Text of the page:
Individual neurons vary widely in the number of synapses they receive, averaging approximately 1000 per neuron. Generally, if a neuron receives a large number of synapses, each synapse is relatively weak and the simultaneous activity of multiple synapses is necessary to excite the postsynaptic cell. An example of a cell that receives large numbers of weak synapses is the Purkinje cell found in the cerebellum, which receives up to 150,000 synapses onto its dendritic spines from the cerebellar granule cell. Each granule cell exerts relatively little influence on the Purkinje cell, and so multiple granule cells must be activated to cause the Purkinje cell to fire an action potential. In contrast, other types of synapses are very powerful, such as the synapse formed at the neuromuscular junction where every action potential in the nerve fiber results in a corresponding action potential in the muscle cell. Individual neurons can receive a mixture of strong and weak synapses. The strength of an individual synapse will be determined principally by the amount and duration of transmitter released upon stimulation and also its location on the postsynaptic cell. Those synapses occurring closer to the cell soma tend to exert a stronger postsynaptic effect than those occurring more distally.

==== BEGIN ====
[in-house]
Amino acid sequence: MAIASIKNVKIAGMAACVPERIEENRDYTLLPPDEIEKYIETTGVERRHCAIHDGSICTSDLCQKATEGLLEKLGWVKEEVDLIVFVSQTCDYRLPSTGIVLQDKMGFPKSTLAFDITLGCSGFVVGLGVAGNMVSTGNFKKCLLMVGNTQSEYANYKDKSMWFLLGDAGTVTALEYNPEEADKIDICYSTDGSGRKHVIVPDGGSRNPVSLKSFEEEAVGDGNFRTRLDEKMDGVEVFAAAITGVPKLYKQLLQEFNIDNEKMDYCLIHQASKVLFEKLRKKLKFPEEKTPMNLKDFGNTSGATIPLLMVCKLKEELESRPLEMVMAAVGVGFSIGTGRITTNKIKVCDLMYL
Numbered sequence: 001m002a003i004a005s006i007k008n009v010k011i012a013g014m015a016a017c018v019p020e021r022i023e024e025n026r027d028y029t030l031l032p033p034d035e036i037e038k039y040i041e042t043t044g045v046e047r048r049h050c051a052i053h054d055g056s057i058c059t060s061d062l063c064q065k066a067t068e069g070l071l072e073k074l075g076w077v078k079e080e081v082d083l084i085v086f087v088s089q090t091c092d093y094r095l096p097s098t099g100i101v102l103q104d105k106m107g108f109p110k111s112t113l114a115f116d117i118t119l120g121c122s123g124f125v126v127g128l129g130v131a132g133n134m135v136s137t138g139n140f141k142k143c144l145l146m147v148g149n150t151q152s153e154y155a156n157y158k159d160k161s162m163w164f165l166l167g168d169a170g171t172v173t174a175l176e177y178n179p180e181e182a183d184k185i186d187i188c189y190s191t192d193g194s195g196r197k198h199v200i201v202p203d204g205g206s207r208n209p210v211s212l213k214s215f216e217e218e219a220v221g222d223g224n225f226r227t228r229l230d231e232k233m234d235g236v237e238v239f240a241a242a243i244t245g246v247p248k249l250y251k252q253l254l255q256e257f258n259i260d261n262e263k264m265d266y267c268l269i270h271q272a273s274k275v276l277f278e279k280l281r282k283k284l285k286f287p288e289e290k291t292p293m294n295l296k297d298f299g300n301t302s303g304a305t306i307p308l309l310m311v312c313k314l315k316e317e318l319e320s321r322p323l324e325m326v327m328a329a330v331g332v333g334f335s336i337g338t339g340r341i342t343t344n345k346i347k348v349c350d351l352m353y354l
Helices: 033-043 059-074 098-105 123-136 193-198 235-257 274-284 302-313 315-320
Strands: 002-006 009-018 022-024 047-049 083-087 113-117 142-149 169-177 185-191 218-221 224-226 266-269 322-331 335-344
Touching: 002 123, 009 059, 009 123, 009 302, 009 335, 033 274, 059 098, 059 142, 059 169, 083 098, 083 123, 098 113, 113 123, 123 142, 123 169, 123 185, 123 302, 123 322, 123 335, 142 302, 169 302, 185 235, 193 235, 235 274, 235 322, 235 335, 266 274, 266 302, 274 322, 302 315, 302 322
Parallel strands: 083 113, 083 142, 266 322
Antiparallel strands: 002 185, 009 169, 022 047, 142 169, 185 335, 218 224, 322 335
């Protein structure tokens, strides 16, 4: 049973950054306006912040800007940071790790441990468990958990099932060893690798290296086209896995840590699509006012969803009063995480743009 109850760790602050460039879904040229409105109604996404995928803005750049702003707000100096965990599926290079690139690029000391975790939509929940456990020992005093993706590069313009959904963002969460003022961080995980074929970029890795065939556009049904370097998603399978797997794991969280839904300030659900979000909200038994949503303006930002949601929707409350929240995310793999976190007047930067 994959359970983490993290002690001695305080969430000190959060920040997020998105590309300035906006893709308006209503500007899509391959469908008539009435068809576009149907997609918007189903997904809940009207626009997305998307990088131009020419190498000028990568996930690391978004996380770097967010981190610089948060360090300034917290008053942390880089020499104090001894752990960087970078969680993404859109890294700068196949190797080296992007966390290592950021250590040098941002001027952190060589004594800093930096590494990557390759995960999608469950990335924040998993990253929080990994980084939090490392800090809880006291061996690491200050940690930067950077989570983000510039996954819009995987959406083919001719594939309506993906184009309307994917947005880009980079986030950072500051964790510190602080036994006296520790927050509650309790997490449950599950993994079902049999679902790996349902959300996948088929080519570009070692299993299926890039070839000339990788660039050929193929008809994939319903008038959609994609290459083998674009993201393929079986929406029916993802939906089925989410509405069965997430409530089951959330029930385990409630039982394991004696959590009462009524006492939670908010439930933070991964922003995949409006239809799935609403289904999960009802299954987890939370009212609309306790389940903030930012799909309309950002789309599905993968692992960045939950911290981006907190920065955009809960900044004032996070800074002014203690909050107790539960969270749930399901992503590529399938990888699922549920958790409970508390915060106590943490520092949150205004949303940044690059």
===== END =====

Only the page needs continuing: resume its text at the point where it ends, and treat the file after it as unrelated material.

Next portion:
The large number of synapses received by an individual nerve cell indicates that there can be a tremendous convergence of information at the cellular level. Divergence of information also occurs, because a single axon can synapse with many cells either through the en passant type along the course of the axon or by ramification of synaptic terminals. In several regions of the brain, a specialized arrangement called a glomerulus (L: "small ball'') is seen. The glomerulus consists of a very large presynaptic bouton, which contacts multiple postsynaptic dendrites. In the cere-bellar mossy fiber glomerulus, the presynaptic terminal can measure 10-20 mm in length and can contact up to 50 dendrites. Glomerular arrangements are also seen in the thalamus, olfactory bulb, and several other brain regions.